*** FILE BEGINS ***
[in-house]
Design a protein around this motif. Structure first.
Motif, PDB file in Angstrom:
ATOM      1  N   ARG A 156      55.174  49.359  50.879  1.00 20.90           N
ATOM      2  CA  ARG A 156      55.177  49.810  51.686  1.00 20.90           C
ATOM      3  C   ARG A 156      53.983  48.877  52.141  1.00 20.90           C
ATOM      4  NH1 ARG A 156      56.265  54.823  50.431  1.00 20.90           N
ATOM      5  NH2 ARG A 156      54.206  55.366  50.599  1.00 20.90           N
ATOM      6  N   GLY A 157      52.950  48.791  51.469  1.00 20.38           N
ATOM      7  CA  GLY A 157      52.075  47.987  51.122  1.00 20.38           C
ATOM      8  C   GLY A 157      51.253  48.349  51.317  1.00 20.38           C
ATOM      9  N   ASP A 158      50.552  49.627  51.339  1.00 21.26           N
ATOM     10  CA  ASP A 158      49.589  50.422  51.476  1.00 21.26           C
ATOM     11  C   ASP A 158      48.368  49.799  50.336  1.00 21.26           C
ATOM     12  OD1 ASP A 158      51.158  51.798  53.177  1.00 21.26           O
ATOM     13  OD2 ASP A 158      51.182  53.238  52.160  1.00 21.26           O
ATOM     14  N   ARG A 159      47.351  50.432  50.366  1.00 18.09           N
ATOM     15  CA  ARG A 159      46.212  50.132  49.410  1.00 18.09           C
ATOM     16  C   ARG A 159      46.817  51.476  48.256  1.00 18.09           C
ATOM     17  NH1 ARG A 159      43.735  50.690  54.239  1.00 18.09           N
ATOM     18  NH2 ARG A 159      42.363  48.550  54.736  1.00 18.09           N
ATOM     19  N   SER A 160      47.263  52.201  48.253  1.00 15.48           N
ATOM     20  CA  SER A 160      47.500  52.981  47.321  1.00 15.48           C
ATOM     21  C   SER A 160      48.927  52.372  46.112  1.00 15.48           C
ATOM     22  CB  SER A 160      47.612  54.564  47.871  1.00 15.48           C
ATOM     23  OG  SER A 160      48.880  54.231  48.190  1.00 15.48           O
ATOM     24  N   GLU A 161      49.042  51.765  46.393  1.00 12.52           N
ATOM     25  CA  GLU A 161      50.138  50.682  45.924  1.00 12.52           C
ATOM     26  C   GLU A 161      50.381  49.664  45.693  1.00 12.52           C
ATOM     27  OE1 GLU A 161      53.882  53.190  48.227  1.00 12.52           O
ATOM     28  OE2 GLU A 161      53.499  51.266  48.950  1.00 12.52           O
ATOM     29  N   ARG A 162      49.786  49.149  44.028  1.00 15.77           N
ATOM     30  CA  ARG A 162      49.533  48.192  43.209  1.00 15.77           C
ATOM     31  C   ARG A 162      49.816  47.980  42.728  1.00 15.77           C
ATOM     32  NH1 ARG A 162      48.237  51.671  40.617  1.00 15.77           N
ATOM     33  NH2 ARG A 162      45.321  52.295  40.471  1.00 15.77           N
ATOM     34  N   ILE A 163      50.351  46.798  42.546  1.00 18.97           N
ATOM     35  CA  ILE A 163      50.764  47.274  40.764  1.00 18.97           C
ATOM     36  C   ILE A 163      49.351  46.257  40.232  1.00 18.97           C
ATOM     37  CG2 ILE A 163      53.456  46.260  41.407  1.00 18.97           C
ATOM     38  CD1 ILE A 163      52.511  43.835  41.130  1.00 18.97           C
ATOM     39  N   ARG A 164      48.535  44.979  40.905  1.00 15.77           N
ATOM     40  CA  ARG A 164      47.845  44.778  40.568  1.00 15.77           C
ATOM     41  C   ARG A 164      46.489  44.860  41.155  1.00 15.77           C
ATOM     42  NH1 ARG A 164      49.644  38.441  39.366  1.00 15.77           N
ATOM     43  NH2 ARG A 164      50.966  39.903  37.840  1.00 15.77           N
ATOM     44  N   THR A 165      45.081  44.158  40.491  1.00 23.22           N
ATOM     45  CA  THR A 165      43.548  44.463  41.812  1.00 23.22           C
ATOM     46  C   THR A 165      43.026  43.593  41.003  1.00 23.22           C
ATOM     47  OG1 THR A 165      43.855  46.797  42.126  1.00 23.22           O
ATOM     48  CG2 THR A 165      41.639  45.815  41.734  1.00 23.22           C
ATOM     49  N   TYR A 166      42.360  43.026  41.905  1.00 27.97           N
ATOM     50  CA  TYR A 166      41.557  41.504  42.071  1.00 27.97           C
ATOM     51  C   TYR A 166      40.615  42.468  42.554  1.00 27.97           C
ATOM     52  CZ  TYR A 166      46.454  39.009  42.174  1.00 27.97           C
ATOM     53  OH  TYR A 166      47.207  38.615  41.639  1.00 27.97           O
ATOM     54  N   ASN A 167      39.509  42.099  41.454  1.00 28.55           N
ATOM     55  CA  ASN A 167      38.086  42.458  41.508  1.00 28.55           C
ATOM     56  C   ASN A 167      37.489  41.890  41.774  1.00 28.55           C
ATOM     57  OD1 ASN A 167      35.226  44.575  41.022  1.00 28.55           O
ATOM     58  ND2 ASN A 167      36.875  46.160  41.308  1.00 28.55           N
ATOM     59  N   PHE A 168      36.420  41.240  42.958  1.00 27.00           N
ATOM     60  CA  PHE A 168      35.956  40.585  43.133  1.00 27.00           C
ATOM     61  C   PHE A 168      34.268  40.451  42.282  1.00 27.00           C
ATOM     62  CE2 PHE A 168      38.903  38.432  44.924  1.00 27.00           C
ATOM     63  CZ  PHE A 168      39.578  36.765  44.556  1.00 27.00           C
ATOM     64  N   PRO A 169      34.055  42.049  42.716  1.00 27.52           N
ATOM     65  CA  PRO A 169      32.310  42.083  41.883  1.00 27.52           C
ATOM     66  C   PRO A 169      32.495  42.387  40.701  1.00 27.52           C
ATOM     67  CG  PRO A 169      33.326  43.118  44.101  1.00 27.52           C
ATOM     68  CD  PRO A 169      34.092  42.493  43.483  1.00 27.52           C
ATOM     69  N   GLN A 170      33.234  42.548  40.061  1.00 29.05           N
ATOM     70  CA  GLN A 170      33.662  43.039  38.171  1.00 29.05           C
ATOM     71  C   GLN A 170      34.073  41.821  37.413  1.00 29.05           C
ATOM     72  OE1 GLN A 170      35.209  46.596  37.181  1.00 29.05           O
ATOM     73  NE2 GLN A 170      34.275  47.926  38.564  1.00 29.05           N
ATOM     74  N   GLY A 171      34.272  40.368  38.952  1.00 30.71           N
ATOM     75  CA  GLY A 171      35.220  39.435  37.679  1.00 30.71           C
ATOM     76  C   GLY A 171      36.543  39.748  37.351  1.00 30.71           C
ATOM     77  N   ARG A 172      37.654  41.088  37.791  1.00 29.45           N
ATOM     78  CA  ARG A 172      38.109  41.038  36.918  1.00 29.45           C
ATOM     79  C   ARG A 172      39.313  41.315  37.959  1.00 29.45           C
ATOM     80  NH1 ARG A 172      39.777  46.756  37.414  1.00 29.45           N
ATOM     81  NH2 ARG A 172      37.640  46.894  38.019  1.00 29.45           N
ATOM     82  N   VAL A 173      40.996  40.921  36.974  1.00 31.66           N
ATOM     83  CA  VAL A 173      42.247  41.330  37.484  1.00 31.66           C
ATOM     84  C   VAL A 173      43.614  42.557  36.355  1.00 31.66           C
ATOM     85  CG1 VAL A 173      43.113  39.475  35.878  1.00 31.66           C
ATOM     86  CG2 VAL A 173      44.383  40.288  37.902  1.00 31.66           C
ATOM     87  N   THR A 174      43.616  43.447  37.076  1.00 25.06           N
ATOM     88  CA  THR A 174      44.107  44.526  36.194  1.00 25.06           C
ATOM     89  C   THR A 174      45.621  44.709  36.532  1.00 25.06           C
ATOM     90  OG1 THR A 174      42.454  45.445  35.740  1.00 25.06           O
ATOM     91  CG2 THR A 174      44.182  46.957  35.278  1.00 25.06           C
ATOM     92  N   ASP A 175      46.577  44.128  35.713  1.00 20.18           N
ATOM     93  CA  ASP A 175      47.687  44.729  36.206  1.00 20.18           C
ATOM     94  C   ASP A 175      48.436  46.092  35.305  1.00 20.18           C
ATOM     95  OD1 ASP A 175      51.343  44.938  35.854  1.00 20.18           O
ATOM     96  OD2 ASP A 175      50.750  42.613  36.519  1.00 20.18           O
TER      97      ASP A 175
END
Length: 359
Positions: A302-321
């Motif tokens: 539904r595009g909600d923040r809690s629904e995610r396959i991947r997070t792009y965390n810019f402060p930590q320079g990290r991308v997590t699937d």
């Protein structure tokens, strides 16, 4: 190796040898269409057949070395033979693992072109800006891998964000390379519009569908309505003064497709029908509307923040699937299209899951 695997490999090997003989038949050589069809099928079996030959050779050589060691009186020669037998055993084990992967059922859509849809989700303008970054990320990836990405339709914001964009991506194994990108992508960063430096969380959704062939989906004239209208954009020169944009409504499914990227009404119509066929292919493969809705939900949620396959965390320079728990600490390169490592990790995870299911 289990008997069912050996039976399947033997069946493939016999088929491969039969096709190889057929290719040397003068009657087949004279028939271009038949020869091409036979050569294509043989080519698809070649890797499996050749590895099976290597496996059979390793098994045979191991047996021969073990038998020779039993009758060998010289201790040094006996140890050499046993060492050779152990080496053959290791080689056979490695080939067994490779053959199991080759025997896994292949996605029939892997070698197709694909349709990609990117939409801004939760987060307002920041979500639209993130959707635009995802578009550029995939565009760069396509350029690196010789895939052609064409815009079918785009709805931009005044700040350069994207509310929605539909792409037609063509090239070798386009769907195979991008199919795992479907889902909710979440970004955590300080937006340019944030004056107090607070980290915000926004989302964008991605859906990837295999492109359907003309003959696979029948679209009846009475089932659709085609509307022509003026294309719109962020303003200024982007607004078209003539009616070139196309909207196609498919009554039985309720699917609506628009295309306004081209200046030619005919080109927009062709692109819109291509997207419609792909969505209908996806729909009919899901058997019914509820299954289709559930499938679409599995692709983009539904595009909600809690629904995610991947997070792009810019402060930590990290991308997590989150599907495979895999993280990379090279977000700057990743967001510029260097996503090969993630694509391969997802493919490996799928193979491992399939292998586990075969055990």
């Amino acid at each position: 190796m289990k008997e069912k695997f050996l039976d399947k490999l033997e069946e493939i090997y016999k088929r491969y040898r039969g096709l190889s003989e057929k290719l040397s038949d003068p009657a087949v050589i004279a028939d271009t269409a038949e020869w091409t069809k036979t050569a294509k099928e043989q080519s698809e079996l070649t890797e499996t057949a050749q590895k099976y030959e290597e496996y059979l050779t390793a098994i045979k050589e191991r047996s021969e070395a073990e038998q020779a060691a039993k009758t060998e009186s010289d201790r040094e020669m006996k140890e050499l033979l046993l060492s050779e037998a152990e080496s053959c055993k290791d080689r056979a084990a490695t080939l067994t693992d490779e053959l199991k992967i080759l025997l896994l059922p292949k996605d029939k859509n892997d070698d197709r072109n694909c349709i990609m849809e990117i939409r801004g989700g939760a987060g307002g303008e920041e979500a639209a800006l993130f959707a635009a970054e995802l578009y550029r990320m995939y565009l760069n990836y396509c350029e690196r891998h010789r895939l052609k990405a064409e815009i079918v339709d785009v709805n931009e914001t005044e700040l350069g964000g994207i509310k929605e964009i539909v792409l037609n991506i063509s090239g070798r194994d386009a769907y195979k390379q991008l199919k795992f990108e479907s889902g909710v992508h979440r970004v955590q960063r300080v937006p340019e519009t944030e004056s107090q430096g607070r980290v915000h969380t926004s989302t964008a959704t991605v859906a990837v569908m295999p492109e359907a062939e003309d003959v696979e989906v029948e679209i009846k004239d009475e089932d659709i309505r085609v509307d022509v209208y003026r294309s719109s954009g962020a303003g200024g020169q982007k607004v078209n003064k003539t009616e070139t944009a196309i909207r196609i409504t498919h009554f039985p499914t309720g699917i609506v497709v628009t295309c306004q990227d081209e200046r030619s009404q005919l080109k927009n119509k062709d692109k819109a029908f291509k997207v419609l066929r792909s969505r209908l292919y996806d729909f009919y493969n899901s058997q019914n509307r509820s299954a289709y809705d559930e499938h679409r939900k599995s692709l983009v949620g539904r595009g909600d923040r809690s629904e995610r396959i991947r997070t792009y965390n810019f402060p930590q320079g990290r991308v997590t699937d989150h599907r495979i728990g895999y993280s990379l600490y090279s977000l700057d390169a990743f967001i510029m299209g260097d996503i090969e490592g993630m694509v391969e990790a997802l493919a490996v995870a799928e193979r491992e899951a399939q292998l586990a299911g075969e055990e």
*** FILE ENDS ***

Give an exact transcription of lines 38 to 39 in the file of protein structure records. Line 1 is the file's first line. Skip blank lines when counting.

ATOM     35  CA  ILE A 163      50.764  47.274  40.764  1.00 18.97           C
ATOM     36  C   ILE A 163      49.351  46.257  40.232  1.00 18.97           C